Newport Tax Rate May Fall
Newport — With higher tuition revenues and no projected increase in spending from this year, the proposed $17.8 million school budget for the fiscal year beginning July 1 would reduce the school tax rate by 50 cents per $1,000 of assessed valuation, SAU 43 Business Manager Chuck Stuart told the School Board and Budget Advisory Committee last night.
Stuart presented revenue estimates that dramatically increase the tuition Newport receives from Croydon and Goshen-Lempster for students those districts send to Newport High School. The increase would more than offset the estimated $286,000 drop in adequacy aid from the state and $20,000 loss in vocational tuition.
Though state revenue would fall by $300,000, local revenue would jump $560,000 for a net revenue increase of $253,476.
Stuart, who is in his first year as business manager with the district, said his tuition estimates are based on more accurate enrollment figures than have been used in the past.
“Do you (estimate tuition) with the intent of increasing the fund balance or reducing the tax rate,” Stuart said. “I’ve always believed it is better to not underestimate because the taxpayer benefits.”
When revenues exceed estimates, the money becomes part of the fund balance. It is either returned to the taxpayers in the form of a lower tax rate, or the district can seek voter approval to spend it.
On the expense side, Stuart said the district got hit with a $200,000 increase in its contribution to the state retirement system and is looking at an 8 percent increase in health insurance costs. But reductions were made across the board to counter those increases.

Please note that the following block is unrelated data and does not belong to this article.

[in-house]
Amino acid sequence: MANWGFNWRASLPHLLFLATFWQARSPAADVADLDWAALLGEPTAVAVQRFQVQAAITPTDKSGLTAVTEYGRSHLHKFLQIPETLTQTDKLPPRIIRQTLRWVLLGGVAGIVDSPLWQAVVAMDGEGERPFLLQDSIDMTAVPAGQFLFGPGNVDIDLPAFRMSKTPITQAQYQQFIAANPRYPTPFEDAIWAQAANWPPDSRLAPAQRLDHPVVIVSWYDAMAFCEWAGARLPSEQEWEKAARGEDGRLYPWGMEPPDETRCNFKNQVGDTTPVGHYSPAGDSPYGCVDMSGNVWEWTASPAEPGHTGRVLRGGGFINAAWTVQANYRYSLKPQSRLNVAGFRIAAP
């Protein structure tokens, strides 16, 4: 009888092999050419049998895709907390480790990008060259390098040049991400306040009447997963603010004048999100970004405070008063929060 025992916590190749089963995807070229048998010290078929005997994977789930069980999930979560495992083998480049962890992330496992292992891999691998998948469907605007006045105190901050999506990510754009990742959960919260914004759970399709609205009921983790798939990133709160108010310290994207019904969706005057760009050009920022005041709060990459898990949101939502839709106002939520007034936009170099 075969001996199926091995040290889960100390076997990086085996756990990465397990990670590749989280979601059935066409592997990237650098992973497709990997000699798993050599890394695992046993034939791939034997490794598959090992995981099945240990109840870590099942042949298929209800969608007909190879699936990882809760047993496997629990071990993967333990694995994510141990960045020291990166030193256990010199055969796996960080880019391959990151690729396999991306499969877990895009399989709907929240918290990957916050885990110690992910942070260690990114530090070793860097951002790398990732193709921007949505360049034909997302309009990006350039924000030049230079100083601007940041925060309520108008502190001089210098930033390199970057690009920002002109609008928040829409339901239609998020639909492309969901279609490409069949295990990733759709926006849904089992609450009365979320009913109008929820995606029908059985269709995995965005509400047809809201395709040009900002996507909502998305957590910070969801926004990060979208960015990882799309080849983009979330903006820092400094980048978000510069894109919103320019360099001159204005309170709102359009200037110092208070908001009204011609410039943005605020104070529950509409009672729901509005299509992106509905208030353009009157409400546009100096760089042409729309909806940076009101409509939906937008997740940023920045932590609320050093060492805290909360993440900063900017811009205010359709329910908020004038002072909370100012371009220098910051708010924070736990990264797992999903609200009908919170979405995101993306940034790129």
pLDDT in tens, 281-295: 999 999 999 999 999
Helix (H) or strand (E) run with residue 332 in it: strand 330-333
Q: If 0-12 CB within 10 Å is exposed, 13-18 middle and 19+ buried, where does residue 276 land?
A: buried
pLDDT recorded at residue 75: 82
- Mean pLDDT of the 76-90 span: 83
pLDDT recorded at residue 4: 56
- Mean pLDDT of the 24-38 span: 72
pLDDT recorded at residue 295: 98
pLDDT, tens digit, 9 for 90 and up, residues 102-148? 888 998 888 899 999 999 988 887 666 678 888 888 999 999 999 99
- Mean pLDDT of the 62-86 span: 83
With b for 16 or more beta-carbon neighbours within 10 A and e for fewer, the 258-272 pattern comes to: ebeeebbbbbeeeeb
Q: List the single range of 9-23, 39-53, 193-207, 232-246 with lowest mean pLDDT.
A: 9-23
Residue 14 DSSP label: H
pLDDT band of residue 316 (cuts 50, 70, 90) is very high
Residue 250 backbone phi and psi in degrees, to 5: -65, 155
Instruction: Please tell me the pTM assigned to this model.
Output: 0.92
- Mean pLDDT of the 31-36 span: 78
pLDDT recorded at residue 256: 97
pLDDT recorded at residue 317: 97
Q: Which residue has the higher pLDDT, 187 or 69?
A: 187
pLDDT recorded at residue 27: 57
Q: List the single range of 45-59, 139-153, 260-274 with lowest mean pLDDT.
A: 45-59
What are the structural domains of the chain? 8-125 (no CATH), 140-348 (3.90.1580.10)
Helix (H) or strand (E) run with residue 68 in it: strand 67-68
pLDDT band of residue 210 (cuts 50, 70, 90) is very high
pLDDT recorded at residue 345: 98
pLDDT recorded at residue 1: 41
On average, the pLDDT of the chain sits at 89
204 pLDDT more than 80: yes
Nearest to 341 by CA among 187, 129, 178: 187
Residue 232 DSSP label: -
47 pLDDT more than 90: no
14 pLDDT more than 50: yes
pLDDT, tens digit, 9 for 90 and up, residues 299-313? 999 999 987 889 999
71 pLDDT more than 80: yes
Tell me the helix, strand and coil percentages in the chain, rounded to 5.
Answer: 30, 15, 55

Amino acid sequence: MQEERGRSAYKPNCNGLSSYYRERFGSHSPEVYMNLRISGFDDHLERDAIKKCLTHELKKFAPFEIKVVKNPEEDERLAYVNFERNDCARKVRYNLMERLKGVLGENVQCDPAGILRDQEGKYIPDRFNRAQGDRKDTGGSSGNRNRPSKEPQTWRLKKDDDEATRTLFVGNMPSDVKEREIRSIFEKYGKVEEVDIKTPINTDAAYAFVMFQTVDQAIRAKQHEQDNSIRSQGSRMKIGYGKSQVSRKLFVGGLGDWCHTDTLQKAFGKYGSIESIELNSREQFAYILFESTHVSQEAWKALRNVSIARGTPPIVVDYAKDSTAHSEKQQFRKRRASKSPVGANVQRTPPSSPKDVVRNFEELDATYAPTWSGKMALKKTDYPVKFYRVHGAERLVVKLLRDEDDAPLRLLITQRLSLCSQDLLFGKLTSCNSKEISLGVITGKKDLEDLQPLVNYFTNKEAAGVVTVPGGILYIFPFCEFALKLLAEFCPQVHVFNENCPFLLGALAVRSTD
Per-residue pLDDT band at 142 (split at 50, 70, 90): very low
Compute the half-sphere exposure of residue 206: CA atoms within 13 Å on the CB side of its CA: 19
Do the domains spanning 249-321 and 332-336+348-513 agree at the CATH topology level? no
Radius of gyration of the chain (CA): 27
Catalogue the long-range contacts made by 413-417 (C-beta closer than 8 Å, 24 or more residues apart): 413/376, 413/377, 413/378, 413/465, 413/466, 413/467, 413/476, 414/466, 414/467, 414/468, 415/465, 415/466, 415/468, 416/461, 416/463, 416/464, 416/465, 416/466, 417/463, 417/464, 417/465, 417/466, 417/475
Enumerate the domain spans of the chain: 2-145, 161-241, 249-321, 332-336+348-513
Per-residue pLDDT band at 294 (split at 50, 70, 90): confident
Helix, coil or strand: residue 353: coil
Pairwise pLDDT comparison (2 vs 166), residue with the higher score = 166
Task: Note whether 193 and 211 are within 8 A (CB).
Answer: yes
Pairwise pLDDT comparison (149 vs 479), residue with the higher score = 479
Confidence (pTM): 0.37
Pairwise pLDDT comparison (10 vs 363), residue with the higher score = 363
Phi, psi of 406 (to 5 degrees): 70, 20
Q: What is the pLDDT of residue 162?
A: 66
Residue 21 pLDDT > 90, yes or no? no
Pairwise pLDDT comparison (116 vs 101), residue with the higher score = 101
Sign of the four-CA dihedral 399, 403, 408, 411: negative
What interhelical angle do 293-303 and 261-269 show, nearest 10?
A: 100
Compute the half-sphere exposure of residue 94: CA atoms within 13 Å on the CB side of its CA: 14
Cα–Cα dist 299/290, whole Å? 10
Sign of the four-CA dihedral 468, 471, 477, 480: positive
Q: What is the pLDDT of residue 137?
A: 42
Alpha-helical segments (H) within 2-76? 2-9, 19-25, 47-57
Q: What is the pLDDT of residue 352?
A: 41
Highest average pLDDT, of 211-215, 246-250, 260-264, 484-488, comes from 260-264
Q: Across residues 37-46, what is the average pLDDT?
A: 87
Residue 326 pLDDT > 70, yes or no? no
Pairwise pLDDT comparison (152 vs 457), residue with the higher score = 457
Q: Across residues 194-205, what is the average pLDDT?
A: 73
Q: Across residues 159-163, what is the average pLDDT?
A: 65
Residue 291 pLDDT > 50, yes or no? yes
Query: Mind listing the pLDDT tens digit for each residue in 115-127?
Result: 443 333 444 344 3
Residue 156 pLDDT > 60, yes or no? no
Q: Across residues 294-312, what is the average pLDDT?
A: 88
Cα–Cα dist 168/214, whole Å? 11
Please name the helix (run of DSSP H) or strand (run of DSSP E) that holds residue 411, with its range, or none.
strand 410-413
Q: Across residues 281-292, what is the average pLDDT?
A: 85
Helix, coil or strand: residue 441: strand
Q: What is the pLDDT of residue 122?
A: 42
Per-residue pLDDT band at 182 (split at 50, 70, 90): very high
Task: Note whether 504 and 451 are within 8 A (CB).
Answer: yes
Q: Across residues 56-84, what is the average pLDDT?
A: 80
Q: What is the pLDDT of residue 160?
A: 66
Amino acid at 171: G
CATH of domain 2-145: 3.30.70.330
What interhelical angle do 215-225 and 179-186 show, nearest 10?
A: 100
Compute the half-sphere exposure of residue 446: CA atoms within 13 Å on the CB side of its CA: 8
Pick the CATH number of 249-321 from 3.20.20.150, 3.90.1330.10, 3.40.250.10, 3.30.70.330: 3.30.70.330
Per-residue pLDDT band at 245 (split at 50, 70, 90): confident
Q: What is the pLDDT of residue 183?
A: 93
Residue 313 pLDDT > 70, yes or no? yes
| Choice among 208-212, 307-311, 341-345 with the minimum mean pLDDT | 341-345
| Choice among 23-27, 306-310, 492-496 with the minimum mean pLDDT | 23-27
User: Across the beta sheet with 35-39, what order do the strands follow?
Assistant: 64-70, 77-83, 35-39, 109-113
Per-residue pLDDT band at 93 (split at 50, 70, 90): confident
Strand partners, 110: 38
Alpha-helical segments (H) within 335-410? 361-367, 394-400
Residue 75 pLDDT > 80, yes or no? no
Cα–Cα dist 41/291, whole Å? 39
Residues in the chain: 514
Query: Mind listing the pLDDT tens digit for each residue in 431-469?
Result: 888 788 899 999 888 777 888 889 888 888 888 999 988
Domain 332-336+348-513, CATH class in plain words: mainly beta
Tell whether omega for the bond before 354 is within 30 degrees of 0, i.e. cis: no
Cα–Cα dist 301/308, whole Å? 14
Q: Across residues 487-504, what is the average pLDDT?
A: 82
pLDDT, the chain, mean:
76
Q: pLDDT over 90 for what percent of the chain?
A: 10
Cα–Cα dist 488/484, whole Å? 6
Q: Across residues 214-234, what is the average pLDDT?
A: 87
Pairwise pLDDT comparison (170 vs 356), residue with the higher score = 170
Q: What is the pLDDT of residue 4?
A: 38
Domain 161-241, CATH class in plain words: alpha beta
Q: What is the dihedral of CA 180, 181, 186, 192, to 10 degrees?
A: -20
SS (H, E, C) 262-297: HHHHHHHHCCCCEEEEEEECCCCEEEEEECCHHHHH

The most significant savings came in the area of personnel, Stuart said. Five teachers are retiring and only two will be replaced at a lower cost for salary and benefits.
“Because of declining enrollment, three of those positions won’t be filled,” Stuart said.
Superintendent Irwin Sussman said the district saw a decrease of 40 students from last year to this year with the total enrollment dropping from 972 to 932.
There are also reductions in the budget for speech, psychological, nursing and occupational services. Guidance services, which will allow for a guidance counselor in each school, is up $113,000. Debt service is down $74,700, or 8 percent. The board will hold a public hearing Thursday and then adopt the budget for the deliberative session next month.
Two collective bargaining agreements are also expected to be ratified by the board and placed on the warrant for the vote in March.
The current school tax rate is $15.30. A 50-cent reduction would reduce annual school taxes on a $150,000 home by $75.
In other business, the board appointed Linda Wadensten to replace former chairman Howard Shultz, who resigned last month because he took a job out of state.
Patrick O’Grady can be reached at email@example.com.